In May, 1639, a band of puritans led by the Rev. Henry Whitfield left England to seek religious freedom in the New World. They set sail for Quinnipiac (New Haven) and arrived there later that summer. After negotiating with the local Native Americans, who were represented by the squaw sachem (female chief) Shaumpishih, the group purchased land halfway between New Haven and Saybrook. There they established the plantation of Menuncatuck, which would later be known as Guilford.
Like most 17 th century New England towns, Guilford was organized around a common, or green. The first houses were small huts with thatched roofs, wooden walls, and dirt floors. Guilford, unlike other villages, had no protective palisade fence surrounding the community. Instead they built four large stone houses for the leaders of the plantation. These homes were strategically located and used for shelter during times of danger. Life in Guilford was extremely primitive and resembled a medieval village for several generations.
Later in the 17 th century, Guilford became part of the New Haven Colony and then the Connecticut Colony. Guilford’s William Leete was one of the first governors of these colonies. By the 18 th century, the town had become a thriving coastal community with agriculture and the sea supporting the economy.
The medieval style of houses was replaced by the colonial style, with many of them surviving to this day. During the Revolutionary War, Guilford was attacked by British troops from New York. The local militia was able to defeat the invaders.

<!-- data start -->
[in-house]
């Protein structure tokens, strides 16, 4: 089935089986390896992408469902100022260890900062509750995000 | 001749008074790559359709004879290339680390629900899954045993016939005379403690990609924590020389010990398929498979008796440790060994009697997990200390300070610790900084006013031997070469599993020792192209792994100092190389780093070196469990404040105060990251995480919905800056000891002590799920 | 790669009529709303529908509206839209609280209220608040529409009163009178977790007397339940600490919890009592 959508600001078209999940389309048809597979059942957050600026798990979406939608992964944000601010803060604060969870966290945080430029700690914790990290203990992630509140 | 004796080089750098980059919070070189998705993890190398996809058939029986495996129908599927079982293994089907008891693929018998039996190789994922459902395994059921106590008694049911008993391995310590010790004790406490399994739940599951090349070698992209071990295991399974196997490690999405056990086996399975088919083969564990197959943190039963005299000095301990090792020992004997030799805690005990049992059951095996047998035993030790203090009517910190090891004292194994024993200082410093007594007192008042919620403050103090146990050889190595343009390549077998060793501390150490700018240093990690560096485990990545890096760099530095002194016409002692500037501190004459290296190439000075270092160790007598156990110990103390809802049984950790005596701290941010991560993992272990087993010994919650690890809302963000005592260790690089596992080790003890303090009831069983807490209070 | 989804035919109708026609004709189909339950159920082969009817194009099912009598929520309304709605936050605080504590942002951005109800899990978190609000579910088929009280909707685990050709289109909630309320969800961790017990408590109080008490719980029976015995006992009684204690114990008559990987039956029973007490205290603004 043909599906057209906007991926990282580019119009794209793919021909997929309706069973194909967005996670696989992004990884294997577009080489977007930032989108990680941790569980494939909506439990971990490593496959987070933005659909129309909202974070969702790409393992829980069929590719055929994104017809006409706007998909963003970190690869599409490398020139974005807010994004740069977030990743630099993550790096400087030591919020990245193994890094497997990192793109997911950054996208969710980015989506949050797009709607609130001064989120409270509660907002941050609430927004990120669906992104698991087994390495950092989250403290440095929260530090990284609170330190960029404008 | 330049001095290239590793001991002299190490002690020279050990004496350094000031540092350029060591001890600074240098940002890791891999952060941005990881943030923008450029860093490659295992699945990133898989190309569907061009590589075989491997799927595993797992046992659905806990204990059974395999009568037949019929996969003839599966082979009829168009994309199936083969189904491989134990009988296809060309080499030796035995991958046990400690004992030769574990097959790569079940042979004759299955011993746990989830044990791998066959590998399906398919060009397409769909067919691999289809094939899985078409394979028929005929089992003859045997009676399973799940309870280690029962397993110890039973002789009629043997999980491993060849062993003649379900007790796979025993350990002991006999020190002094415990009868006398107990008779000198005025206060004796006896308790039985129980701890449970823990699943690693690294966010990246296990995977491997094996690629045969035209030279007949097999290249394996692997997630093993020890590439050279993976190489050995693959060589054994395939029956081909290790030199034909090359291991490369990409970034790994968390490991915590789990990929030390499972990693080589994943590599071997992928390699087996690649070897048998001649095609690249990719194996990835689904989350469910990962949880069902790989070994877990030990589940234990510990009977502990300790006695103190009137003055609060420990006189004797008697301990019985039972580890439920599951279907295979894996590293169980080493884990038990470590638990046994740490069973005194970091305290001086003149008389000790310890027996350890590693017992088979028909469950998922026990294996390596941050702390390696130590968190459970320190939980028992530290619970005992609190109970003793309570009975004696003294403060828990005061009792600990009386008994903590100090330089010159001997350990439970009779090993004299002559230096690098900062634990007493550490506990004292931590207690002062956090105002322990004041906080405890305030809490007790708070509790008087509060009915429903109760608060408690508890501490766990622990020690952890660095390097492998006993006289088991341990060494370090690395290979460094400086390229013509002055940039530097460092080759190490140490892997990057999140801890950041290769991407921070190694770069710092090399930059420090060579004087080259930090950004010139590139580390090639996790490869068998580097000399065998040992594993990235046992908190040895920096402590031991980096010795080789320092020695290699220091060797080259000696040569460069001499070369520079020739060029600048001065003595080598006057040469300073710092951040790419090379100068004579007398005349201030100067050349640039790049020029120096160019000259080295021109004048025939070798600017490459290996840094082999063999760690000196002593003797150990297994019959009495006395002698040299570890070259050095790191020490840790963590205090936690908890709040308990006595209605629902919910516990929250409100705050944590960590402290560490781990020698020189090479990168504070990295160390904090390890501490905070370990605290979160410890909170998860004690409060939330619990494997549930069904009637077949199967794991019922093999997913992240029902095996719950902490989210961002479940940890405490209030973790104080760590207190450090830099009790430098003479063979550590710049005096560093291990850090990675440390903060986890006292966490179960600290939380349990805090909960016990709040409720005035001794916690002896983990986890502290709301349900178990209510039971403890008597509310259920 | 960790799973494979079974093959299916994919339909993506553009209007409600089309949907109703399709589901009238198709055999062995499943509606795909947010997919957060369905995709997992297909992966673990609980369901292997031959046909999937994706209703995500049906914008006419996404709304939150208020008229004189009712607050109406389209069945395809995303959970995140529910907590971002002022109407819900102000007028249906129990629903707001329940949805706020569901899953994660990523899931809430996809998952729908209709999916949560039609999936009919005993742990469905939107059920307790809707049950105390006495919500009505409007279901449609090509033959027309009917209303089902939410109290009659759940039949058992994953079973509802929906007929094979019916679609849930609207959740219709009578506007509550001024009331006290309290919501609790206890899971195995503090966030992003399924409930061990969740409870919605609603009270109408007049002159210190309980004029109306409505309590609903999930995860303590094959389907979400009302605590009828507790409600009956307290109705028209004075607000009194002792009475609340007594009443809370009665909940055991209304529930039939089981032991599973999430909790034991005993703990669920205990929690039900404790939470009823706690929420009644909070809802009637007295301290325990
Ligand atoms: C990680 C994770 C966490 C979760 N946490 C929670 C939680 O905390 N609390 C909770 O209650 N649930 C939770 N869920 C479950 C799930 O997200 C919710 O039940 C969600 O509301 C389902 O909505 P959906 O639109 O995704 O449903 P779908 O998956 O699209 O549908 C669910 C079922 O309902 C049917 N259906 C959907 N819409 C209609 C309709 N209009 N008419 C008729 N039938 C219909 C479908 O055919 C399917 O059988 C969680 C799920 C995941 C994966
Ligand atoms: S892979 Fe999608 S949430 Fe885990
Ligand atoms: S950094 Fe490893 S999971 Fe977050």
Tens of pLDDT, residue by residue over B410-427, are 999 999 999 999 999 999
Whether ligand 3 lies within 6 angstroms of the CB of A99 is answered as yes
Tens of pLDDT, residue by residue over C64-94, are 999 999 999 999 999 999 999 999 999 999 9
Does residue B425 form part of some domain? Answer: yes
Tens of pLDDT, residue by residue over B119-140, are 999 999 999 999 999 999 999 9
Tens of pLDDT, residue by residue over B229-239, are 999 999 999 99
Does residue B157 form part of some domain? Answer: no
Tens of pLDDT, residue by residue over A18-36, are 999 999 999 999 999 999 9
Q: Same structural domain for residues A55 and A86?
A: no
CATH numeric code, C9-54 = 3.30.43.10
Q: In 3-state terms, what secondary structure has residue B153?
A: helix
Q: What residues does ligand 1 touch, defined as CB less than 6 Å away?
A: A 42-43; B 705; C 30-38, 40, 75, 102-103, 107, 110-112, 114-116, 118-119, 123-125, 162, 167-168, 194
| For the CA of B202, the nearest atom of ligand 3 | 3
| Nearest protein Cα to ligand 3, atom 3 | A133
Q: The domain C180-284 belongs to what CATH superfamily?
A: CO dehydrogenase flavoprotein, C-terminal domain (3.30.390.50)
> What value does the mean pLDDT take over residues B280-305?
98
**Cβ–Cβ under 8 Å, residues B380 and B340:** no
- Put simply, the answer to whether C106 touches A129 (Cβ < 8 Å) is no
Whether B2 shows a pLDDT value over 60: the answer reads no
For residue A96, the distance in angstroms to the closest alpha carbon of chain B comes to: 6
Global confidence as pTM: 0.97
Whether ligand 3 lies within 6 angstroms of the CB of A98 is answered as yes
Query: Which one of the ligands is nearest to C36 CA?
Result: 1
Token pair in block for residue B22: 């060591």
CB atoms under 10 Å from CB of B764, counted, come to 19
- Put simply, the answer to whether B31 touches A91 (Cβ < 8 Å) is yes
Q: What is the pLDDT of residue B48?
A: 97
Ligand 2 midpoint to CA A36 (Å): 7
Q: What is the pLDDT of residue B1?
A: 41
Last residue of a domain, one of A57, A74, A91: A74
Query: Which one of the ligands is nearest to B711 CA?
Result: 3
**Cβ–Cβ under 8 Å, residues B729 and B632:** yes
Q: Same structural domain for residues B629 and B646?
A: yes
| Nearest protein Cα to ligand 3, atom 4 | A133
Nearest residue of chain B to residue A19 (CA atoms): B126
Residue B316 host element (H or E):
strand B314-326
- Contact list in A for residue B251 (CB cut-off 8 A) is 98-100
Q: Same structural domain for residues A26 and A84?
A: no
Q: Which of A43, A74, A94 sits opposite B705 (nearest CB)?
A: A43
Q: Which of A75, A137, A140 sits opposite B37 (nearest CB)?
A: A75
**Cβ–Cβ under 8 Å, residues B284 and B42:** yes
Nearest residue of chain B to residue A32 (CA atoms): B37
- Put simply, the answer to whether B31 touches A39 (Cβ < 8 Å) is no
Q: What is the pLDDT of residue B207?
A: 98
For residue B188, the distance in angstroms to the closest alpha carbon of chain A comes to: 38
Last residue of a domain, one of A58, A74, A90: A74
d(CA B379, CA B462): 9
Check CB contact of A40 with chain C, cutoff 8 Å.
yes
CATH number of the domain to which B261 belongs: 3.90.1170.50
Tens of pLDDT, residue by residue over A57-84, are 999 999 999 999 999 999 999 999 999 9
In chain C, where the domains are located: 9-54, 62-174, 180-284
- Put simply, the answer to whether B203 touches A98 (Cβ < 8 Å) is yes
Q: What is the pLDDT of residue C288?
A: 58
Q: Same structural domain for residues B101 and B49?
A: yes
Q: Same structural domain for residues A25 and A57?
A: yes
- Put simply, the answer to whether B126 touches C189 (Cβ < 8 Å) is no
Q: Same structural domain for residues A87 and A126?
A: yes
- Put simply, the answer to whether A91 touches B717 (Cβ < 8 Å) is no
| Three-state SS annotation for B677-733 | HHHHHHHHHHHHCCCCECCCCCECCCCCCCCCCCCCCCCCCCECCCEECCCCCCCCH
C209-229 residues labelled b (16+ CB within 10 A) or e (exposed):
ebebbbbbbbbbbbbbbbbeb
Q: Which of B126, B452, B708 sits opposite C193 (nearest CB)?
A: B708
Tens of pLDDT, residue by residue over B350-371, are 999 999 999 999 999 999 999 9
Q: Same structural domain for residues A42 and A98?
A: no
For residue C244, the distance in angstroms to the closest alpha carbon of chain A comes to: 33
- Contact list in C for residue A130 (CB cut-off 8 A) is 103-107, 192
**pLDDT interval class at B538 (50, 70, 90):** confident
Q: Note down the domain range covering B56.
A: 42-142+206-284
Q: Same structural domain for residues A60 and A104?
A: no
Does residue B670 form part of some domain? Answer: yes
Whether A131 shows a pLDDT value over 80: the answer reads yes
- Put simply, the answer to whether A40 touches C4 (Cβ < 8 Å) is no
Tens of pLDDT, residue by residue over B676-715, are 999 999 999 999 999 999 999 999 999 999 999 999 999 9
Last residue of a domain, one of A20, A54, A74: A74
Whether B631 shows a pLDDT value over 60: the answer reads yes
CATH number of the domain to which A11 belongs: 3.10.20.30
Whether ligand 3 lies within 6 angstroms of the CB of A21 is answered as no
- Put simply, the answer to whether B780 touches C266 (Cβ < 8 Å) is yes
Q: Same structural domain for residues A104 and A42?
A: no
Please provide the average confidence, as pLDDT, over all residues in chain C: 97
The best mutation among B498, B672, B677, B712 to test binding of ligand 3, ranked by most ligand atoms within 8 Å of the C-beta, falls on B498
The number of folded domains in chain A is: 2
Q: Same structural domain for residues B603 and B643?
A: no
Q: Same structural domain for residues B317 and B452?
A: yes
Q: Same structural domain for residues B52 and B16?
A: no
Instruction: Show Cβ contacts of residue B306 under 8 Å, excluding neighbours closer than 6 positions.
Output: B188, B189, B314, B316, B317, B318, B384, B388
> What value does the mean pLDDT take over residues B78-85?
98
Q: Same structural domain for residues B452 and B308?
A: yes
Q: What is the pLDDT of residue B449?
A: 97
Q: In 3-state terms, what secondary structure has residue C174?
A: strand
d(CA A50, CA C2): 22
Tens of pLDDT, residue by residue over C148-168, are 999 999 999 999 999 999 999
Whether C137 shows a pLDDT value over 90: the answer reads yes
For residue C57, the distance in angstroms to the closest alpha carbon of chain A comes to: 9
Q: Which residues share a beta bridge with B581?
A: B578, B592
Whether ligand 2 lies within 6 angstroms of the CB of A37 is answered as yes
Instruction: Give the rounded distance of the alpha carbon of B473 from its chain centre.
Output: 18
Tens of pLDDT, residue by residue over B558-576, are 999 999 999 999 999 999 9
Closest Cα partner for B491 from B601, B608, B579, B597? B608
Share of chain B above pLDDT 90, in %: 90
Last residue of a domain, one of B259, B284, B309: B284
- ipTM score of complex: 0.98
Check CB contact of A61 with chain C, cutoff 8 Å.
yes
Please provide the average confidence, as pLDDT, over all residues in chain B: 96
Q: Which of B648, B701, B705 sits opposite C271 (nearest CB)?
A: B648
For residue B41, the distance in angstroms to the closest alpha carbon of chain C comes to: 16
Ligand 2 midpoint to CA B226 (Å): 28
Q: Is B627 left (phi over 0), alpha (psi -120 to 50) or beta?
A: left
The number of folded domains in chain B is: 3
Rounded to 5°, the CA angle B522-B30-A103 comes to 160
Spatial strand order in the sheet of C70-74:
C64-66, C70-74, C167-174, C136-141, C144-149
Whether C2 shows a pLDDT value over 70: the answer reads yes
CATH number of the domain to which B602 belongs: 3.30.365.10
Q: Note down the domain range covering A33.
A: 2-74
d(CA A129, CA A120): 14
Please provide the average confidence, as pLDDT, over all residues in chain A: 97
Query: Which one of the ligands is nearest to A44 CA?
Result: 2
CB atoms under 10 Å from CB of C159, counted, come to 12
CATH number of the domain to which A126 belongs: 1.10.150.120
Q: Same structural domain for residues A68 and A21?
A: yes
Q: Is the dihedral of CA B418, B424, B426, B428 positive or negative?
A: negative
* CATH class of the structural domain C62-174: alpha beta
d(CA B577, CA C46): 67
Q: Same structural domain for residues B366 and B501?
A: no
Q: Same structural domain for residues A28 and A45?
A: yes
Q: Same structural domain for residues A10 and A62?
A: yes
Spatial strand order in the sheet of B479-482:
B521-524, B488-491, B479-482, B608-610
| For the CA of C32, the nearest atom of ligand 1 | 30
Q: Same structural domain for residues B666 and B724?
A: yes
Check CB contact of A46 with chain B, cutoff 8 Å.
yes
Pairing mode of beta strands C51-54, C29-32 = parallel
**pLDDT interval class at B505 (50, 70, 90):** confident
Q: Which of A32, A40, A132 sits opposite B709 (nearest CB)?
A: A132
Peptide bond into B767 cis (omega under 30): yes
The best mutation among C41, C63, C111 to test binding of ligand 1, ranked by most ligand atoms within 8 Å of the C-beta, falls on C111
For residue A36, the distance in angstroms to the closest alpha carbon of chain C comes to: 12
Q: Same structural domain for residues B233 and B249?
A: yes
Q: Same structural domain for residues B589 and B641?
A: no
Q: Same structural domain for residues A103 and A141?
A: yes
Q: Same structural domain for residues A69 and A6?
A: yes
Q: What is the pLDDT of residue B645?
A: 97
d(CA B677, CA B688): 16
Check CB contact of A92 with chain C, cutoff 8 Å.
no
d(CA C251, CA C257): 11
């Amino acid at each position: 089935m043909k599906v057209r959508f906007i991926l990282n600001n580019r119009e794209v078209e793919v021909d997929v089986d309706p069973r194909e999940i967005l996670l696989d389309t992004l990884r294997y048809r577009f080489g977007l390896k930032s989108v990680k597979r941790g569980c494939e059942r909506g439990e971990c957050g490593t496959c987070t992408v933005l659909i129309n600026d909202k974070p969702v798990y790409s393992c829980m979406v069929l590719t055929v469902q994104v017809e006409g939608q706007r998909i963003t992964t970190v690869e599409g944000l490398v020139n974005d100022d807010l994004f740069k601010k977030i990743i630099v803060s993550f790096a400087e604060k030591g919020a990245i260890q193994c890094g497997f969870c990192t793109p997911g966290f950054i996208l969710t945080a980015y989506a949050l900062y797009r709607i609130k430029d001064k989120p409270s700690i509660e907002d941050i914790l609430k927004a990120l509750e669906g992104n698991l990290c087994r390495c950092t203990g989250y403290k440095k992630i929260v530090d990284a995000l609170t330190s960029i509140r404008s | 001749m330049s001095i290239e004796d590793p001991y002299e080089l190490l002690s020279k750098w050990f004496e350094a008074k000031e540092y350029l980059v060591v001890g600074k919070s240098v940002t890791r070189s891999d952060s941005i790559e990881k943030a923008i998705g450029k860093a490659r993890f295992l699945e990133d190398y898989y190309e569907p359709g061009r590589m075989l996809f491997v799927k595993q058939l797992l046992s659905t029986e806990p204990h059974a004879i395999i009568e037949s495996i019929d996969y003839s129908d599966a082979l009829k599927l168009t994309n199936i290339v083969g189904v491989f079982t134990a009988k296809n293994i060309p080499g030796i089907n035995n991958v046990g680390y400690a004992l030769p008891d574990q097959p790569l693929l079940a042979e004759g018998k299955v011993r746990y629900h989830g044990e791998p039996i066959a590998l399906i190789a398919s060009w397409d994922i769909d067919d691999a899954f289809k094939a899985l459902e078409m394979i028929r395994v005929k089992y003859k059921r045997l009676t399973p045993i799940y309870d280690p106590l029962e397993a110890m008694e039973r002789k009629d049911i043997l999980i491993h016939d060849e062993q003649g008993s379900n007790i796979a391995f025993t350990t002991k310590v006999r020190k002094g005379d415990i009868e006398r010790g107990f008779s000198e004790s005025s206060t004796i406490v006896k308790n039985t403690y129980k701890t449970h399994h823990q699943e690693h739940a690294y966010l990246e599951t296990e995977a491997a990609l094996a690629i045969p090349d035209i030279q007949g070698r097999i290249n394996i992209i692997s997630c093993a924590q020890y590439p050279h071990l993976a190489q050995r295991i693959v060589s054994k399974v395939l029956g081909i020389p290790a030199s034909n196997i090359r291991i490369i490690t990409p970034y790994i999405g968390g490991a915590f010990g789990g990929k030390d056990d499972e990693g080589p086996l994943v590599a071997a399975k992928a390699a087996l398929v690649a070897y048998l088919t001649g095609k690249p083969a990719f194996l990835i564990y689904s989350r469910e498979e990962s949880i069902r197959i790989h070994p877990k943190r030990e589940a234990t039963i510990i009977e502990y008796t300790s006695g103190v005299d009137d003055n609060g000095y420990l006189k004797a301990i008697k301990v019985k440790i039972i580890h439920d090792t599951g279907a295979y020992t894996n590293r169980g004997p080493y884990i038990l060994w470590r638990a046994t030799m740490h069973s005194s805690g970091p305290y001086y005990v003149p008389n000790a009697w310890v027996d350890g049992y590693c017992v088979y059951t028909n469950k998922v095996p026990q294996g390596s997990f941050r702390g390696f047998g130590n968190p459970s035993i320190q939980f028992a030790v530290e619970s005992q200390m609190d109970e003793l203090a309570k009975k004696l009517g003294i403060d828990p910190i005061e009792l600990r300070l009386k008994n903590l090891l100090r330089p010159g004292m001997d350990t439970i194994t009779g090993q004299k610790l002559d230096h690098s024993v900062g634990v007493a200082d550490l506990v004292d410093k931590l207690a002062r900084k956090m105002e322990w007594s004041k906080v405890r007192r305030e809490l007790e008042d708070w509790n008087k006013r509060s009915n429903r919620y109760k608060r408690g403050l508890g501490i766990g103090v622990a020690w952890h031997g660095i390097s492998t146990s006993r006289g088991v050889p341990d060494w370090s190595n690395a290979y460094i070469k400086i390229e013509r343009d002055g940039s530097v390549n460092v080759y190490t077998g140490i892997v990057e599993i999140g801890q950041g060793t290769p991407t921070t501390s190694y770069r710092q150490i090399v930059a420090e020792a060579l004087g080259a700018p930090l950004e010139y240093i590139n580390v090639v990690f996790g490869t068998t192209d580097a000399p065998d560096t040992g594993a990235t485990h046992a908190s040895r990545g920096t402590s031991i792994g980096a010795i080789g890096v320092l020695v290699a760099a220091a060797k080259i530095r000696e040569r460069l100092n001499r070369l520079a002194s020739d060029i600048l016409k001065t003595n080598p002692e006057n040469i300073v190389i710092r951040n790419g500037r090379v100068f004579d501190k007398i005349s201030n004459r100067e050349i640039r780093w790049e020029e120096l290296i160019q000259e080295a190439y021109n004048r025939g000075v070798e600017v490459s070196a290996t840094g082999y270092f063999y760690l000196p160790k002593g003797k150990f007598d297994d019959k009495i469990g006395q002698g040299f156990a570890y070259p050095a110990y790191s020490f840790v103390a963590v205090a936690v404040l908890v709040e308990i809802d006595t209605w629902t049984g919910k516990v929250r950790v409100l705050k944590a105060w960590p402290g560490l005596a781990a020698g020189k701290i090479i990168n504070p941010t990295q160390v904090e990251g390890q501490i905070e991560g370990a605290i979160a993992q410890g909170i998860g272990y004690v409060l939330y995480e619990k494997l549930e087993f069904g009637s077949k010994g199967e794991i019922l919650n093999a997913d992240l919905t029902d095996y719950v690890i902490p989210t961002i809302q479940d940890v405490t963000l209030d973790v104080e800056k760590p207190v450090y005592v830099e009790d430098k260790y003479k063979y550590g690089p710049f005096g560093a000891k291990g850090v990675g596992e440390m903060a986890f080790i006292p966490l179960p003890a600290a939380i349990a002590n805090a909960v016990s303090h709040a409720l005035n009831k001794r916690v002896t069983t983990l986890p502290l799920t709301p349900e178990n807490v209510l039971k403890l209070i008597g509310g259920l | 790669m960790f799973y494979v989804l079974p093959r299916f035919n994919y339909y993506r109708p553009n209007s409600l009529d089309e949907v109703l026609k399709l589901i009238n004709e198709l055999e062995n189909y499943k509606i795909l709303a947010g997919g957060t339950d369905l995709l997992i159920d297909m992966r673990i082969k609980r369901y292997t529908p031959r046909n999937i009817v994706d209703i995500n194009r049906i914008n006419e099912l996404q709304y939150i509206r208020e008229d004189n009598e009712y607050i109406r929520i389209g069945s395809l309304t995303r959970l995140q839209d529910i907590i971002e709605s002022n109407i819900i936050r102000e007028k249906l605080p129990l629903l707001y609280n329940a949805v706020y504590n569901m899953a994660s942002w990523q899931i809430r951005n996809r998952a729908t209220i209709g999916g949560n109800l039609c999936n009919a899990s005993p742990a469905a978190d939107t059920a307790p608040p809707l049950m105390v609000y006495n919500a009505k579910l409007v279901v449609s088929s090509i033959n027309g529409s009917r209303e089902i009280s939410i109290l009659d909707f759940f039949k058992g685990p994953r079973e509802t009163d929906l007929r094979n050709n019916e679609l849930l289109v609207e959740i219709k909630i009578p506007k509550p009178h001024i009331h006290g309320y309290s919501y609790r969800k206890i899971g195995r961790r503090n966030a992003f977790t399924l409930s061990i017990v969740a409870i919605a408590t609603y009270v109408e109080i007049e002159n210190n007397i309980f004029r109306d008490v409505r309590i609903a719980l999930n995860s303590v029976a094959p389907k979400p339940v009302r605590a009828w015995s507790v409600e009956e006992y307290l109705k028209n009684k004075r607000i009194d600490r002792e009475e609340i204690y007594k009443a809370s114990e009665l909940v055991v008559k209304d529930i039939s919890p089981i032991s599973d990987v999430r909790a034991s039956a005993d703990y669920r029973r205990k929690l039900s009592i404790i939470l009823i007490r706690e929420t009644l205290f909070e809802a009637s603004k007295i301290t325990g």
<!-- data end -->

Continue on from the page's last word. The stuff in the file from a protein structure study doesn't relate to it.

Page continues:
In the 19 th century, with an expanding shipbuilding and maritime trade and with the coming of the railroad, industries such as foundries, canneries, shoe shops, and carriage makers evolved. Quarries opened and supplied local granite to the world, including blocks for the base of the Statue of Liberty. Guilford’s own Fitz-Greene Halleck was hailed as America’s first poet and is honored with a statue in New York’s Central Park.
By the end of the 19 th and into the 20 th century, Guilford became a summer destination for Victorian vacationers from near and far. Fine hotels, restaurants, and summer cottages sprang up in Mulberry Point, Sachem’s Head, Indian Cove, and Leete’s Island. With the coming of the interstate highway system, Guilford’s once-small population has risen to a year-round community of approximately 22,000 people.
Guilford’s natural scenic beauty, its Green, its historic houses, and its thriving business community guide the citizens of Guilford toward a promising future.